When the cervical disease encompasses more than just the disc space, the spine surgeon may recommend removal of the vertebral body as well as the disc spaces at either end to completely decompress the cervical canal.
This procedure, a cervical corpectomy, is often done for multi-level cervical stenosis with spinal cord compression caused by bone spur (osteophytes) growth.
What Occurs in Anterior Cervical Corpectomy Surgery?
The general procedure for anterior cervical corpectomy surgery is as follows:
- The approach is similar to a discectomy (anterior approach), although a larger and more vertical incision in the neck will often be used to allow more extensive exposure.
- The spine surgeon then performs a discectomy at either end of the vertebral body that will be removed (e.g. C4-C5 and C5-C6 to remove the C5 vertebral body). More than one vertebral body may be removed.
- The posterior longitudinal ligament is often removed to allow access to the cervical canal and to ensure complete removal of the pressure on the spinal cord and/or nerve roots.
- The defect must then be reconstructed with an appropriate fusion technique.
Anterior Cervical Corpectomy Risks and Complications
Technically, a corpectomy is a more difficult spine surgery to perform. Similar to a discectomy, the risks and possible complications of this surgery for cervical spinal stenosis include:
- Nerve root damage
- Damage to the spinal cord
- Graft dislodgment
- Damage to the trachea/esophagus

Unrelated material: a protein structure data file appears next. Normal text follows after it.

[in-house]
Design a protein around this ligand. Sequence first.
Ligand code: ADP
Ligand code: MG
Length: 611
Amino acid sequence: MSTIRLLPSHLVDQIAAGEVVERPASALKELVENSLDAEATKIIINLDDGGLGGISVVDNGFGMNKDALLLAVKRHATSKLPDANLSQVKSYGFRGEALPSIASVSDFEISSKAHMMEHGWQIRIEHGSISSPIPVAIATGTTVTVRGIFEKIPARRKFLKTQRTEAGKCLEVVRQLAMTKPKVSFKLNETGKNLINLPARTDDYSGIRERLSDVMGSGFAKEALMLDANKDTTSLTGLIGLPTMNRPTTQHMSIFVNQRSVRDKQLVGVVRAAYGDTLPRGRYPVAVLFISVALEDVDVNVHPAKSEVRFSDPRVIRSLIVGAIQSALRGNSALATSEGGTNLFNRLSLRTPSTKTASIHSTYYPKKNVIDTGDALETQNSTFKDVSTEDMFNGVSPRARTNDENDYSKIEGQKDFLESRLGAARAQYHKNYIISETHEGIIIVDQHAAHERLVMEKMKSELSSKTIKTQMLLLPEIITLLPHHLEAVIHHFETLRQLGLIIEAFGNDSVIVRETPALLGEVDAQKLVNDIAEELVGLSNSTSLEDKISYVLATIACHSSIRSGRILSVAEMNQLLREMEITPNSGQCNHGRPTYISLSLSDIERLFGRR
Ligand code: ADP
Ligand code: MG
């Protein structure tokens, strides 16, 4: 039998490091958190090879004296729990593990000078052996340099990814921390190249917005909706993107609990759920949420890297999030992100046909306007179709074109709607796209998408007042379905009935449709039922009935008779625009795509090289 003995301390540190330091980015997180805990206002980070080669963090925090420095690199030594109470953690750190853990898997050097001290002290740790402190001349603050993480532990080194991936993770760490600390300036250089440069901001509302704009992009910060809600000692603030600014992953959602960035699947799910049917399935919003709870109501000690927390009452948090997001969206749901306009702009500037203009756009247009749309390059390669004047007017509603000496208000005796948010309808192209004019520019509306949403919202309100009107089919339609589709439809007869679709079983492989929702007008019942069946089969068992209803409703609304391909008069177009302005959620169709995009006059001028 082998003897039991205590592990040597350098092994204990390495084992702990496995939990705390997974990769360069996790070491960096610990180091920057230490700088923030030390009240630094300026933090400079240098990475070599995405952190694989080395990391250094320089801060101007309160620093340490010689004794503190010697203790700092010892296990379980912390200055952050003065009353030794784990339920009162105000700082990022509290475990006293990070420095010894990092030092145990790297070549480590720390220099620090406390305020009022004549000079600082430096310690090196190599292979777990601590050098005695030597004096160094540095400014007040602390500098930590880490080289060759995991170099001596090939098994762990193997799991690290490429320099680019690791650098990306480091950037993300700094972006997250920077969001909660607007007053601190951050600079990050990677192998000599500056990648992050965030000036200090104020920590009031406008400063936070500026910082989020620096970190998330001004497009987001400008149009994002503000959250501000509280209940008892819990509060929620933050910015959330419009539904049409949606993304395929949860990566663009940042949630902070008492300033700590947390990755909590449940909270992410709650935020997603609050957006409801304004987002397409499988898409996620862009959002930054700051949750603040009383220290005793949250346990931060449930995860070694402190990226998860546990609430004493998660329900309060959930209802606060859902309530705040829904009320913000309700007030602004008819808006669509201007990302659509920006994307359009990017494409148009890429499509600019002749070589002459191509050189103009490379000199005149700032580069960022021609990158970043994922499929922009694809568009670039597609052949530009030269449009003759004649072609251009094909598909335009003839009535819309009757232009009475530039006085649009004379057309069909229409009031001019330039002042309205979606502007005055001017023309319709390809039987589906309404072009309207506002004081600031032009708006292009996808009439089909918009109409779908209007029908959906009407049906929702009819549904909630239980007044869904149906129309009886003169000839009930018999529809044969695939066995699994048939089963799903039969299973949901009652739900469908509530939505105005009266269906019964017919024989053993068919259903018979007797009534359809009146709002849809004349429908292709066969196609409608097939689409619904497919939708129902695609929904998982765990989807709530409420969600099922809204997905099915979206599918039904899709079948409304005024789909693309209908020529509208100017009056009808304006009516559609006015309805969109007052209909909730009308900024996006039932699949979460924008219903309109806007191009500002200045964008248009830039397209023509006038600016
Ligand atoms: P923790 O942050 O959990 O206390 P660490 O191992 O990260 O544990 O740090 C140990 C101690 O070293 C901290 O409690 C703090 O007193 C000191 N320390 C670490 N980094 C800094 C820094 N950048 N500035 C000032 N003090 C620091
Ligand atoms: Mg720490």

- Continued pain.
However, a corpectomy is a more extensive procedure than a discectomy, so the risks are statistically greater, especially with respect to neurologic issues, bone grafting and bleeding.
The risk that spine surgeons worry about the most is compromise of the spinal cord that can lead to complete or partial quadriplegia. Bear in mind that corpectomy surgeries are most often undertaken in circumstances of significant spinal cord problems, which place the cord at greater risk for problems during surgery, independent of the skill and finesse with which the procedure is performed.
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To help manage this risk, the spinal cord function is often monitored during surgery by Somatosensory Evoked Potentials (SSEPs). SSEPs generate a small electrical impulse in the arms/legs, measure the corresponding response in the brain, and record the length of time it takes the signal to get to the brain. Any marked slowing in the length of time may indicate compromise of the spinal cord.
There is also a slight risk that while removing the vertebral body, the vertebral artery that runs on the side of the spine may be injured, which can lead to a cerebrovascular accident (stroke) and/or life-threatening bleeding. This particular risk will be more significant in certain instances of tumor removal or vertebral infections.
Strut Graft to Achieve a Spinal Fusion
After a corpectomy has been performed, the surgeon needs to mechanically reconstruct the defect created and to provide the long-term stability of the spine with a spine fusion. A strut graft is a piece of bone (1-2 inches) that is inserted into the trough created by the corpectomy(ies) and that supports the anterior vertebral column. The graft may be either an allograft or an autograft, and is usually then followed by anterior instrumentation to help hold the construct together.
Alternatively, ‘cages’ made of titanium or other synthetic materials may be employed as an alternative to strut grafts. Such cages are used in combination with morsels of bone graft, which are commonly the ‘local’ autograft bone obtained from the patient as the vertebrae are removed. If multiple levels are fused, a supplemental poster fusion and instrumentation may be recommended to help stabilize the spine.